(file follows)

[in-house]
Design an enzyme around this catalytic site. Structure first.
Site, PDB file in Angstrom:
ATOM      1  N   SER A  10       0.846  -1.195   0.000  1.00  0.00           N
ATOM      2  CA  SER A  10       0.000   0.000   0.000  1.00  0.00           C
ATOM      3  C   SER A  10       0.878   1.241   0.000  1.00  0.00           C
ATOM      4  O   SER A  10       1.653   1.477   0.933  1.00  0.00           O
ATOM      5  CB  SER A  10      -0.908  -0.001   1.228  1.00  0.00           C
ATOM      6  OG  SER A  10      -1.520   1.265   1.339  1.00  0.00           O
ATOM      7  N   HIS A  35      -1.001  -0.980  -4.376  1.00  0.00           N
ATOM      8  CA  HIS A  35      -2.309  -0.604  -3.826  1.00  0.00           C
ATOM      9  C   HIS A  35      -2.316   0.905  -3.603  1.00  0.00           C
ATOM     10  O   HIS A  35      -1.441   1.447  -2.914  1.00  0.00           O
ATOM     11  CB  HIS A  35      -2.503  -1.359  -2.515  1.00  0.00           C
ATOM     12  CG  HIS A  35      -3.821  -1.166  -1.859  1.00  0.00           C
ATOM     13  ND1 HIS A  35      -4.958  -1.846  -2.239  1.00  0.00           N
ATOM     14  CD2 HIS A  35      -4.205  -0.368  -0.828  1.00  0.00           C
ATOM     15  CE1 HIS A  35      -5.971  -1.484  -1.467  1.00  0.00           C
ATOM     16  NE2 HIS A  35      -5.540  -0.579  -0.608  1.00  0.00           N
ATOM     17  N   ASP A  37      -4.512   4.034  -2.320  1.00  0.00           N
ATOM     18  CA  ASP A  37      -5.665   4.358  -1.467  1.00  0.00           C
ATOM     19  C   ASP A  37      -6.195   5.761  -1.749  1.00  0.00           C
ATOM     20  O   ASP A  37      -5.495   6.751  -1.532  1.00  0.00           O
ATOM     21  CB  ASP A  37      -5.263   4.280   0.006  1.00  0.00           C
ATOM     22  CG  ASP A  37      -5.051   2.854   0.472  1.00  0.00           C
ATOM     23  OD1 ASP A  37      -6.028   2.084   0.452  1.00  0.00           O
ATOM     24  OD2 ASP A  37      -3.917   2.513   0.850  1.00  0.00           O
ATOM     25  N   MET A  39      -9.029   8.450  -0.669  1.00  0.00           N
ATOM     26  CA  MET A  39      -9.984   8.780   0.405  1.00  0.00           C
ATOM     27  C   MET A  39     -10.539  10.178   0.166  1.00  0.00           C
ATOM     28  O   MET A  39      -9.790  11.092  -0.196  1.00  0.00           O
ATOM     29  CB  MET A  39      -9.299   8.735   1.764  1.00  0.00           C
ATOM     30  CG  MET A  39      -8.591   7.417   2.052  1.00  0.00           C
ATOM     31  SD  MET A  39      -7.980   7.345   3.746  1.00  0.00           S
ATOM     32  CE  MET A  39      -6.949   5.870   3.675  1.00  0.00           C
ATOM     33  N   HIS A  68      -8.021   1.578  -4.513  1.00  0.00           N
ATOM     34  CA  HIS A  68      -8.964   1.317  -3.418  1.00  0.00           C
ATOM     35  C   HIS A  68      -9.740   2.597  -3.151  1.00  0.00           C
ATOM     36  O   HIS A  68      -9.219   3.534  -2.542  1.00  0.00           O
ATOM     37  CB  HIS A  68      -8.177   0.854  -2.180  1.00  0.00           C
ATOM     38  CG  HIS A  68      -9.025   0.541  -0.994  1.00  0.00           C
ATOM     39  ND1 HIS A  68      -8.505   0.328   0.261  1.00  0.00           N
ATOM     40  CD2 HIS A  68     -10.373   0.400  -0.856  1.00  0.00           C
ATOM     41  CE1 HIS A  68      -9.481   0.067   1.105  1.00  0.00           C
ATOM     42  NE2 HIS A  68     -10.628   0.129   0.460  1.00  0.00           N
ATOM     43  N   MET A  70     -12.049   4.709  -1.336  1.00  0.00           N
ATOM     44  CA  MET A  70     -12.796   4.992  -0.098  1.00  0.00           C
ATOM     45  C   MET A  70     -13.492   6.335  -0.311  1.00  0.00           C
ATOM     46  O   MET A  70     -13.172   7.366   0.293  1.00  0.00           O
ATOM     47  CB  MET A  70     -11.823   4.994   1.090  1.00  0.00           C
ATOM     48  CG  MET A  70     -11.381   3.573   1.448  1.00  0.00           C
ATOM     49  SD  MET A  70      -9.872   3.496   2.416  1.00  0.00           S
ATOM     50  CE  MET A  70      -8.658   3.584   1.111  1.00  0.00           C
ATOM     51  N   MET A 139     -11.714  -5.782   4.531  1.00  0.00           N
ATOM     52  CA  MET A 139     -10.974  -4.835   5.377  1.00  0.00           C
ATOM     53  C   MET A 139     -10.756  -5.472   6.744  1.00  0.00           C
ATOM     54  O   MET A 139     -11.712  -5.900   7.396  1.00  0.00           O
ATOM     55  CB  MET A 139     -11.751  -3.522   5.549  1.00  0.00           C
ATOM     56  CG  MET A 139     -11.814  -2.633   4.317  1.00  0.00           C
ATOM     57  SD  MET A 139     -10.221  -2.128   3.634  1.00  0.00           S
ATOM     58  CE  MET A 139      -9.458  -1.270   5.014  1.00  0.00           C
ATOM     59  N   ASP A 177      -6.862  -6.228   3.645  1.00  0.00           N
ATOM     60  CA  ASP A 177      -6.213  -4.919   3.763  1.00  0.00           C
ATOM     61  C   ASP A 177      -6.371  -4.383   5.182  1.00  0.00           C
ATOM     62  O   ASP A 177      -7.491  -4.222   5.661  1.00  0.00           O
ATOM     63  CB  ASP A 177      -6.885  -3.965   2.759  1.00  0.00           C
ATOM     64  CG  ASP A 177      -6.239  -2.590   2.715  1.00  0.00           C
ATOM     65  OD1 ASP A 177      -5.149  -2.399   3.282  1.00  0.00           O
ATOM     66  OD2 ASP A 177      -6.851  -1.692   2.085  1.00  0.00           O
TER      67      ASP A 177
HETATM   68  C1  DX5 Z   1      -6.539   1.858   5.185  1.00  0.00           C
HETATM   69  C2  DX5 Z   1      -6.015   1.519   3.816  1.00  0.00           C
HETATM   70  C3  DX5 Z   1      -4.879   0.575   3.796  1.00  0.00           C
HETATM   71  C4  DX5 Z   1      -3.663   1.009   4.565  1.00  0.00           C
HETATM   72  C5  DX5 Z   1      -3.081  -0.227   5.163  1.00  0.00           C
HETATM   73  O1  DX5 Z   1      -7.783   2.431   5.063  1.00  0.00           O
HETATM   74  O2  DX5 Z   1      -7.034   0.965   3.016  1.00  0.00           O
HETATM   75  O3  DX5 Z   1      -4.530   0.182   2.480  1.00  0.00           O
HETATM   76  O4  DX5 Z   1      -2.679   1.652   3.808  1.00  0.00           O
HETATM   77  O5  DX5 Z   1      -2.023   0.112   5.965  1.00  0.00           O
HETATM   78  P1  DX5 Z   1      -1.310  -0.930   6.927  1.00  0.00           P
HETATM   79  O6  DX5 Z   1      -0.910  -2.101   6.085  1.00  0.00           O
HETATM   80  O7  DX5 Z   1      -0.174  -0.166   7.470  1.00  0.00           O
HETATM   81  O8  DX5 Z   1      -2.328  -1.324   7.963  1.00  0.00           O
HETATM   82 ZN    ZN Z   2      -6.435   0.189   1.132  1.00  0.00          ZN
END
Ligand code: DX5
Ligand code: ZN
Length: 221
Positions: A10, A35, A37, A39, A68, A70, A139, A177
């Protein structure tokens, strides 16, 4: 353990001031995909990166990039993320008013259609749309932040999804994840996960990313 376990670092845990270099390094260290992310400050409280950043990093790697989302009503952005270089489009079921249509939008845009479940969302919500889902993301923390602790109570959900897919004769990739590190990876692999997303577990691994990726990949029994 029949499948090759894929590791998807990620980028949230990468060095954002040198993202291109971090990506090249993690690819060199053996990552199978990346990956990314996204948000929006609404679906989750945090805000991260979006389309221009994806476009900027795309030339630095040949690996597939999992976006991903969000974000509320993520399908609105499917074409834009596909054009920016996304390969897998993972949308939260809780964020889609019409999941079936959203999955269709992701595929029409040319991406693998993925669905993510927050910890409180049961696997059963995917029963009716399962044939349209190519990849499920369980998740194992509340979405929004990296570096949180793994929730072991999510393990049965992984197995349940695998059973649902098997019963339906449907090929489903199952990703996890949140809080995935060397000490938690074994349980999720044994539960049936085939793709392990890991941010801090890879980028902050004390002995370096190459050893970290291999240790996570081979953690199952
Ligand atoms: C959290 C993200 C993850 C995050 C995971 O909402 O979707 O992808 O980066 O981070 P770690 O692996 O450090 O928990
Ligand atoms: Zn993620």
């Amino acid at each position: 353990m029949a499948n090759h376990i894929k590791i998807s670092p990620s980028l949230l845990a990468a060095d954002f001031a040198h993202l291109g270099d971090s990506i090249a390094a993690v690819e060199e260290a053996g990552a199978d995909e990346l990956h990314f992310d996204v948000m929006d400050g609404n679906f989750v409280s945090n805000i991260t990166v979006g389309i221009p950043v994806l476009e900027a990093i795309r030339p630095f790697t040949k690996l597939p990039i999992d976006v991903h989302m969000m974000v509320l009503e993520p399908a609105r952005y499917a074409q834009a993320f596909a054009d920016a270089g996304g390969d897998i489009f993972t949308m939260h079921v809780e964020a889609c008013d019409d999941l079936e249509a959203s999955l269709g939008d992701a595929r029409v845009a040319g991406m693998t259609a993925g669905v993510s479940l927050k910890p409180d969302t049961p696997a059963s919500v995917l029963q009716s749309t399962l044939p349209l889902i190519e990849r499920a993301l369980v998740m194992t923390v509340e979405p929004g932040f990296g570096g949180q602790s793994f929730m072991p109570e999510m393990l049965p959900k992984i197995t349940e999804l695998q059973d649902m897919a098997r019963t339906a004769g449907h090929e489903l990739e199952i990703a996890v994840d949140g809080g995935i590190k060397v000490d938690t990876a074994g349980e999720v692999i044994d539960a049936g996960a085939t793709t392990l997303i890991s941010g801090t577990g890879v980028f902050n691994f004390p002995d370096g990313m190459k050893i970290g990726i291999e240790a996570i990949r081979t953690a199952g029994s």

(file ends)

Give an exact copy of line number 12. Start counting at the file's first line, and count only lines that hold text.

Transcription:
ATOM      9  C   HIS A  35      -2.316   0.905  -3.603  1.00  0.00           C